Run internal briefings to all relevant teams, providing a detailed explanation of the situation and advising members of staff on how they should respond if contacted by press. Effective internal communication is as important as opening up to the public with an official statement. Keeping key people briefed internally also speeds up their involvement should it be needed. 

Leveraging a command center for these instances can allow you to both receive external feedback in real time and to share crucial communications across your organization immediately, ensuring you will be the single source of truth for your team. 

f. Communicate early and often (in your brand voice)

You have the information you need, you know your key messages. Now it’s time to start talking publicly.

Start the conversation by introducing the problem, the current status, and the proposed solution. It can be useful to commit to regular updates – this sets deadlines for your team and provides comfort for your audience. But, of course, be realistic.

Remember to always gut-check your communications against your company voice. Just because a crisis is at hand doesn’t mean you have to sanitize the personality of your brand. Communications in times of crisis that are overly formal, corporate, or robotic sounding, can come across as insincere, especially if your brand voice is more informal during peacetime. Keep the information at the front but don’t turn into someone you’re not, don’t forget to talk human!

Questions to ask when responding to a crisis

  • What does my audience (internal and external) need to know?
  • What information can we disclose and what needs to be held back?
  • What format does this information need to be presented in? Ie what are the restrictions of the channel(s) where you plan to communicate
  • In complex situations, how can we simplify our message to ensure it’s accessible and memorable?
  • When can we expect to update the audience (internal and external) on next steps?
  • If relevant, how can people contact us, and where should we direct people for more information?

Crisis-proof: How to set up a catch-all crisis monitoring program? (Checklist)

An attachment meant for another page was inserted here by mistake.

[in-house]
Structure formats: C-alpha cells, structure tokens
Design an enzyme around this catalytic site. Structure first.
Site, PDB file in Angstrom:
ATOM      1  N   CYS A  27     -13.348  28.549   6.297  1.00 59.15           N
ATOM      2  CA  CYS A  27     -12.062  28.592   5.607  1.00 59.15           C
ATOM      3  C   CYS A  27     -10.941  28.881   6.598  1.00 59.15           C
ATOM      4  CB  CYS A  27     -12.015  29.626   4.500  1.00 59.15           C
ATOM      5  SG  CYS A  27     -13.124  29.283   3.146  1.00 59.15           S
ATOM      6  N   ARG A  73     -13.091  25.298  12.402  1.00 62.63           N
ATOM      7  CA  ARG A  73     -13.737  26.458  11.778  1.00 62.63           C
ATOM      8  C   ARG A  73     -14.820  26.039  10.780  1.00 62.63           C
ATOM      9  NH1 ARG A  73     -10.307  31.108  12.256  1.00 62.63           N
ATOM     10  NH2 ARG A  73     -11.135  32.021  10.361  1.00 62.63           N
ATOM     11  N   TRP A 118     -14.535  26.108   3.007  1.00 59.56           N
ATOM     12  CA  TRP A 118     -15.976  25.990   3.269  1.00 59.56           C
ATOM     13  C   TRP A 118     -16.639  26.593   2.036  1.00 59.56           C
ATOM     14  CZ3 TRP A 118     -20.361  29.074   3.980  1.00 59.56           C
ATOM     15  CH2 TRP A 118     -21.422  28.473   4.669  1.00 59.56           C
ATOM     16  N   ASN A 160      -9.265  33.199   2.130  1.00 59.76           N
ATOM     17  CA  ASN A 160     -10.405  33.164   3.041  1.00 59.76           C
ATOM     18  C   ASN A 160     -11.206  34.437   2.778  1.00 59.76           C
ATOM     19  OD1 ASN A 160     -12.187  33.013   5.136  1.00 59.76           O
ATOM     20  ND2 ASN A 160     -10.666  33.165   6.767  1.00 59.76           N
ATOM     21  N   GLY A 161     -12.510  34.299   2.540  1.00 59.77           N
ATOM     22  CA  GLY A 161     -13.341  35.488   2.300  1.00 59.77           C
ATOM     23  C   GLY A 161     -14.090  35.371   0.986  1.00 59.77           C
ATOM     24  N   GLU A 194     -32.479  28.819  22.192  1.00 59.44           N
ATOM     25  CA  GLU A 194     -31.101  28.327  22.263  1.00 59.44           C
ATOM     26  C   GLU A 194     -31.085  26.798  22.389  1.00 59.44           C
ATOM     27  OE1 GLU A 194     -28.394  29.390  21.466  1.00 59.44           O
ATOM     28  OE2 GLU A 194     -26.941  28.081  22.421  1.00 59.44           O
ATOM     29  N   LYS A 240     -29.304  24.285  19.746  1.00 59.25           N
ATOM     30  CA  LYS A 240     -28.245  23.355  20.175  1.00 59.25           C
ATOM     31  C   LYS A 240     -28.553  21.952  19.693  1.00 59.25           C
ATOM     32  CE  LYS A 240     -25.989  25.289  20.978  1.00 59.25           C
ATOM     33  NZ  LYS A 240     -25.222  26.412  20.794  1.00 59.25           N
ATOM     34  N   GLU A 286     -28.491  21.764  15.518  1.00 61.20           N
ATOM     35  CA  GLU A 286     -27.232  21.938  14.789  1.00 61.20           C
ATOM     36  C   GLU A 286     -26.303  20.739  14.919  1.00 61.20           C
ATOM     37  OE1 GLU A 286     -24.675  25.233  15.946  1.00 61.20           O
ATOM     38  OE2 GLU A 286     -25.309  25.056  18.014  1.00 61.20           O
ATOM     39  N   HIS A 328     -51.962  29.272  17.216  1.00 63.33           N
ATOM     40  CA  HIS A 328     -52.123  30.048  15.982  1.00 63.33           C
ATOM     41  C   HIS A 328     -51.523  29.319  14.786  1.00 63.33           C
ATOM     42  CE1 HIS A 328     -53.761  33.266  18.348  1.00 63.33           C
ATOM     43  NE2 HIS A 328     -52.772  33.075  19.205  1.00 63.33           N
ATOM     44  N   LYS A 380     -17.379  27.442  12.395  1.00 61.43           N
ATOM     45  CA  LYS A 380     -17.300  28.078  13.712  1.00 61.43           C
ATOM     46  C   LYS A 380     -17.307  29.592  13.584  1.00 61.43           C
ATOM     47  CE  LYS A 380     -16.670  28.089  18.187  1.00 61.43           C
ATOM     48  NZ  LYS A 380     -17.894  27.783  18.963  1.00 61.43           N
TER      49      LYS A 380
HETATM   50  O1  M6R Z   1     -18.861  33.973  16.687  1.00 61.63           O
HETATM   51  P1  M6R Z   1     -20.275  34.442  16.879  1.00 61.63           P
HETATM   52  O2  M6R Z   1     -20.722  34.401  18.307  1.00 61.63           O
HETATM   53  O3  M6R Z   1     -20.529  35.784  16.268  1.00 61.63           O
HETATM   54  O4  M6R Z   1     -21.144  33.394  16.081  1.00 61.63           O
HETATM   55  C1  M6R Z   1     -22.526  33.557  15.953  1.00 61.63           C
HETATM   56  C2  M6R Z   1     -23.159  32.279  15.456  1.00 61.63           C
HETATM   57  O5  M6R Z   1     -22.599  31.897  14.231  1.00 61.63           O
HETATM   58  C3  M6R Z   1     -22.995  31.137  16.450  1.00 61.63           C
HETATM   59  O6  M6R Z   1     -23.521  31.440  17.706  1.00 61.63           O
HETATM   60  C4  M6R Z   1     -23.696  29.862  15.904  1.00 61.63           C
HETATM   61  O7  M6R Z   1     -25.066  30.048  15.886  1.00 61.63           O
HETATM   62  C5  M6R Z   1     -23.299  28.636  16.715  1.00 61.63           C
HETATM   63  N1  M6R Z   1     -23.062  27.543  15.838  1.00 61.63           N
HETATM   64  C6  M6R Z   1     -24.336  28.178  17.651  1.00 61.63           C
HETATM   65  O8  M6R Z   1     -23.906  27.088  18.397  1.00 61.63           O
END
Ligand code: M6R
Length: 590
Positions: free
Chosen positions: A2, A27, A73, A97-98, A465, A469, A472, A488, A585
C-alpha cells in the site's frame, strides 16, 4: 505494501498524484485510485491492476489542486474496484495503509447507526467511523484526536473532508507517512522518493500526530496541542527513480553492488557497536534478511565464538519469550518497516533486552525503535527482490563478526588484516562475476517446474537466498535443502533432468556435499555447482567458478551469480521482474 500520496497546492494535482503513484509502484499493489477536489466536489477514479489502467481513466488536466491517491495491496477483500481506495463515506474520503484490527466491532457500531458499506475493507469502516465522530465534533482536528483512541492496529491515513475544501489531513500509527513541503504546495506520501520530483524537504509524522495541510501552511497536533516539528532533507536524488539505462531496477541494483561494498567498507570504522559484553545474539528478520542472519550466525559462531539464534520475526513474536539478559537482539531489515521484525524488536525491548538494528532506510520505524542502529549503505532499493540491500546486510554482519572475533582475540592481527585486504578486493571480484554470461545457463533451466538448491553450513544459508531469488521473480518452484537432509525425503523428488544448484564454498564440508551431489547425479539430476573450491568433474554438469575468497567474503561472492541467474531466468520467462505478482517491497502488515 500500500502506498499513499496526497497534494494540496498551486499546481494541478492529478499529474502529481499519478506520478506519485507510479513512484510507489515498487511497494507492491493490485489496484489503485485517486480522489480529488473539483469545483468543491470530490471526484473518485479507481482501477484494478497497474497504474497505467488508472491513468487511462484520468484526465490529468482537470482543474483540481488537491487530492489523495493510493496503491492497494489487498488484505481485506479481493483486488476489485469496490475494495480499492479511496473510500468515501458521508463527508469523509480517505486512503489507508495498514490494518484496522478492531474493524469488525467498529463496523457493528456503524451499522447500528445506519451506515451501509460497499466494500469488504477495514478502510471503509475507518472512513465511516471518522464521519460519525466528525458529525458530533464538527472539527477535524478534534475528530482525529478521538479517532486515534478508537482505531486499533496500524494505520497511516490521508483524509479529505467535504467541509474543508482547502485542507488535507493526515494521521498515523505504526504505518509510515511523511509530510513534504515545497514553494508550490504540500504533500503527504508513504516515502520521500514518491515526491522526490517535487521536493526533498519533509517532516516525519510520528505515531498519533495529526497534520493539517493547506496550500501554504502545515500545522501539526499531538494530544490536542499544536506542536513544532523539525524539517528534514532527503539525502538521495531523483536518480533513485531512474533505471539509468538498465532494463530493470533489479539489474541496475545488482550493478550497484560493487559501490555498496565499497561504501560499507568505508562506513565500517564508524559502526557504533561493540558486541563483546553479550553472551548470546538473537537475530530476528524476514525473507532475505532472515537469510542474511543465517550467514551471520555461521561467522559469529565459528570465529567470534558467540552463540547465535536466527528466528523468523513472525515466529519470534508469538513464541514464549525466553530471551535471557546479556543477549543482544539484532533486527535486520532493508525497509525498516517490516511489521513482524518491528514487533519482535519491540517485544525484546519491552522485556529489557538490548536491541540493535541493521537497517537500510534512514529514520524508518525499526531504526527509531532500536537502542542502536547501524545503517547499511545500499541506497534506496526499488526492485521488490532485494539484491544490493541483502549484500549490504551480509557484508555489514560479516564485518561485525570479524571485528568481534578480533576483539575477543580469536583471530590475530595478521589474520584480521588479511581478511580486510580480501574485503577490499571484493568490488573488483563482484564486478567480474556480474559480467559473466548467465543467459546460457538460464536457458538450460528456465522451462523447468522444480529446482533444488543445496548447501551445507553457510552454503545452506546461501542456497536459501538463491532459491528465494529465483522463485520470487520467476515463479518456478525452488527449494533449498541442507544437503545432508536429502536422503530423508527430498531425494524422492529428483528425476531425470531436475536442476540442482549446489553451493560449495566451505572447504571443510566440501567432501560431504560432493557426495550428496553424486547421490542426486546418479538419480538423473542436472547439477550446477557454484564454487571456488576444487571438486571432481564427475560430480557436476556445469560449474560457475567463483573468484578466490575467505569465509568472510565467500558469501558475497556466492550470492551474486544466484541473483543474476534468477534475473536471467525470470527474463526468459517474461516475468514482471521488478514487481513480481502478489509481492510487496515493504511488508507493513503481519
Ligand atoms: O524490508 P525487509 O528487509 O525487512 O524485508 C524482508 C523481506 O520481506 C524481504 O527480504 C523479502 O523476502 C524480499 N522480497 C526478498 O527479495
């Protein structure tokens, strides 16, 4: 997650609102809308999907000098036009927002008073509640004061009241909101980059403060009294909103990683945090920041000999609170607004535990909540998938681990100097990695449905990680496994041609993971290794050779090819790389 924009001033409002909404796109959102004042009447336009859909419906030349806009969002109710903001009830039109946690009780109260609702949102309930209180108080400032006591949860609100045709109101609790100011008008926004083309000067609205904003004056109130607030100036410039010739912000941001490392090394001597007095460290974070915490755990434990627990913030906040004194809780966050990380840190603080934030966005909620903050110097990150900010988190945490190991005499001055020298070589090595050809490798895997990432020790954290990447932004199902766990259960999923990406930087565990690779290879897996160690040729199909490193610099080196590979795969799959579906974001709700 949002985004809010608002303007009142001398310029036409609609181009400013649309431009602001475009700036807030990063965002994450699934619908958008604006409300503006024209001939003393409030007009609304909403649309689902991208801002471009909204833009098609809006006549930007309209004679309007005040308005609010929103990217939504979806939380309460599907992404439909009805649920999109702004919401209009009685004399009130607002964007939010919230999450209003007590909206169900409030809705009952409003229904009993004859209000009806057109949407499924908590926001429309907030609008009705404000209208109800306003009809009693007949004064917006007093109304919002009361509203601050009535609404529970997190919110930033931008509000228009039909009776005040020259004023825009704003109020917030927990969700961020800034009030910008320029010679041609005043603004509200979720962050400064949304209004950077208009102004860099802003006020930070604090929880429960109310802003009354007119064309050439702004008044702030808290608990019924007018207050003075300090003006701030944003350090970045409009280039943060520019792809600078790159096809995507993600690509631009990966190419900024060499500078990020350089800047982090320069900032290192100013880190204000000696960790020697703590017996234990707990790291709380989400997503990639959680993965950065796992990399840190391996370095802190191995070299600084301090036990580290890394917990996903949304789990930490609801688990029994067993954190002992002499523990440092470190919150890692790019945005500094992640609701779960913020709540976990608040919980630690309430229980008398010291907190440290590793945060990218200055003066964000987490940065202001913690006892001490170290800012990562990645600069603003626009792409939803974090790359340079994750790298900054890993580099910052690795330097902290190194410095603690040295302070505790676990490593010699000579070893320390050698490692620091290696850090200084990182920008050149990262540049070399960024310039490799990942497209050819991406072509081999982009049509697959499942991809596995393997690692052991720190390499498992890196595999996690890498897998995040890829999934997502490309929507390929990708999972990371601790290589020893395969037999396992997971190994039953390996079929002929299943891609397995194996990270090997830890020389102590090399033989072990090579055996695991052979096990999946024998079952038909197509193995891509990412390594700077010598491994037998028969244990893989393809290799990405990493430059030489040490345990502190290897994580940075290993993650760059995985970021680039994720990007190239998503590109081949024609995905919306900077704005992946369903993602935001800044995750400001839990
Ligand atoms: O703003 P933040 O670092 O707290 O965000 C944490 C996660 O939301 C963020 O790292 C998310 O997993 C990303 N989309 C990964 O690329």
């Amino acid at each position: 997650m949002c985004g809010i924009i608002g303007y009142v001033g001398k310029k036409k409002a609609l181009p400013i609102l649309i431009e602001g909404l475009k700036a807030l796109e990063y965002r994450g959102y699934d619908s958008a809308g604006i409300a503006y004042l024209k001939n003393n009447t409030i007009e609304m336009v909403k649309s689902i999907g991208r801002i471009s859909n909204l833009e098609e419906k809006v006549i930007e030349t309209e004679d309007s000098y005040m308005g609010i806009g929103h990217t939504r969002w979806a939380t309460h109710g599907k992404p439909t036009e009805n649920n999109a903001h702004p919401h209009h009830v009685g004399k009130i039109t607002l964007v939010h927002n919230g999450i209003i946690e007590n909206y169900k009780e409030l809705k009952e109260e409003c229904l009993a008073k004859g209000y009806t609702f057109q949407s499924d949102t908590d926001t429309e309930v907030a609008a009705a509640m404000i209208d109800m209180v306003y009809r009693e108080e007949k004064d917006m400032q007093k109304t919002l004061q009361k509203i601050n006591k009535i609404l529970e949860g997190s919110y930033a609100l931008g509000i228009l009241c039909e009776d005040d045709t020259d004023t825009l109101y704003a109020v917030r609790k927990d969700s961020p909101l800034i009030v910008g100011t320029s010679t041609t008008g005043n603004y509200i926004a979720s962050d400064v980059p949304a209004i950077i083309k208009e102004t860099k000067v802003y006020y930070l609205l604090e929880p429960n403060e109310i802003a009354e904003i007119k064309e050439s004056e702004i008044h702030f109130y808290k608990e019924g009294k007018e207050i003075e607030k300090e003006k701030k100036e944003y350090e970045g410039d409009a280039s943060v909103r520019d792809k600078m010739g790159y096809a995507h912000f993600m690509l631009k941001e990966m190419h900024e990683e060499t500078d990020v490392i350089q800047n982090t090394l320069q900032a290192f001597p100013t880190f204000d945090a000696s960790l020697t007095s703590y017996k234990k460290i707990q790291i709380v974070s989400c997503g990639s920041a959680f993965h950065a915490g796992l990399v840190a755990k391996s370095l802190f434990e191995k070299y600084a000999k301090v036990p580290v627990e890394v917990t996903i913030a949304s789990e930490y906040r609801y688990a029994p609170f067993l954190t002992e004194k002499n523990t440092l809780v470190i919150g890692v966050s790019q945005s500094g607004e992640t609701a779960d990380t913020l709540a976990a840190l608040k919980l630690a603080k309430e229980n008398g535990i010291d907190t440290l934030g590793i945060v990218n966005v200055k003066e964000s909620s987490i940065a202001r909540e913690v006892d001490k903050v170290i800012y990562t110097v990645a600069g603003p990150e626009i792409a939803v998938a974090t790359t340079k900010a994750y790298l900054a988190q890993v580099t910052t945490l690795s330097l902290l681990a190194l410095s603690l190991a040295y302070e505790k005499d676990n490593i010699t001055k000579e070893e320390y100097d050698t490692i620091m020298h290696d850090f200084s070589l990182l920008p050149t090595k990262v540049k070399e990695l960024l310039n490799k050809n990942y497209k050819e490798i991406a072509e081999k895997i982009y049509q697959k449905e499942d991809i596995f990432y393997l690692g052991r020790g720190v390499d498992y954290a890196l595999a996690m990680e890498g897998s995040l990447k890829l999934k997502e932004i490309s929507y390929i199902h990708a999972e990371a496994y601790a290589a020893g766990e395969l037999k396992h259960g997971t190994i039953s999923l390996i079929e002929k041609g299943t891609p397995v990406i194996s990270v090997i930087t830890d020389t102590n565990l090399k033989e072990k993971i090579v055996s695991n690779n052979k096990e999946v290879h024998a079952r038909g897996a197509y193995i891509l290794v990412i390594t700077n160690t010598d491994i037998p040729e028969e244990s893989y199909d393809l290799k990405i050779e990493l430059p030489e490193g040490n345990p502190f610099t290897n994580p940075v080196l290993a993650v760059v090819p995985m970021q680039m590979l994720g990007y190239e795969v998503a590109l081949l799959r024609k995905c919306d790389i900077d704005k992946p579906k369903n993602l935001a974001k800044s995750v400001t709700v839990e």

Mishandled crises can ruin businesses and their reputation. Follow this checklist from Mangold Consultancy to ensure your business is protected:

1. Assign roles 

Set up a dedicated crisis management team or appoint an individual who will be responsible for managing online communications in times of crisis – and know in advance who needs to be involved in approving communications so the publication of comms isn’t slowed down when you might need to be acting quickly. 

2. A historic look 

Study well-known and most common PR issues in your industry or sector and review your organization’s history as well as its competitors, as it can give you more context and help map out risks. Do an in-depth analysis of data and metrics and set up benchmarks that will help your organization define what a ‘threatening level’ means so signals can be interpreted and assessed against a pre-agreed standard.

3. Do your research 

Come up with a list of keywords relevant to your brand, product or service, competitors, industry, and common industry issues or topics, and then create search queries that will address these areas. 

The most important way to ensure monitoring is ‘robust’ is to check and confirm that any search query you create includes all relevant keywords. Justin suggests always taking time to work this out in advance, as it is easy to miss important keywords, phrases, and issues related to your organization.

4. Automate your reporting 

Set up social listening automation to monitor those keywords and issues.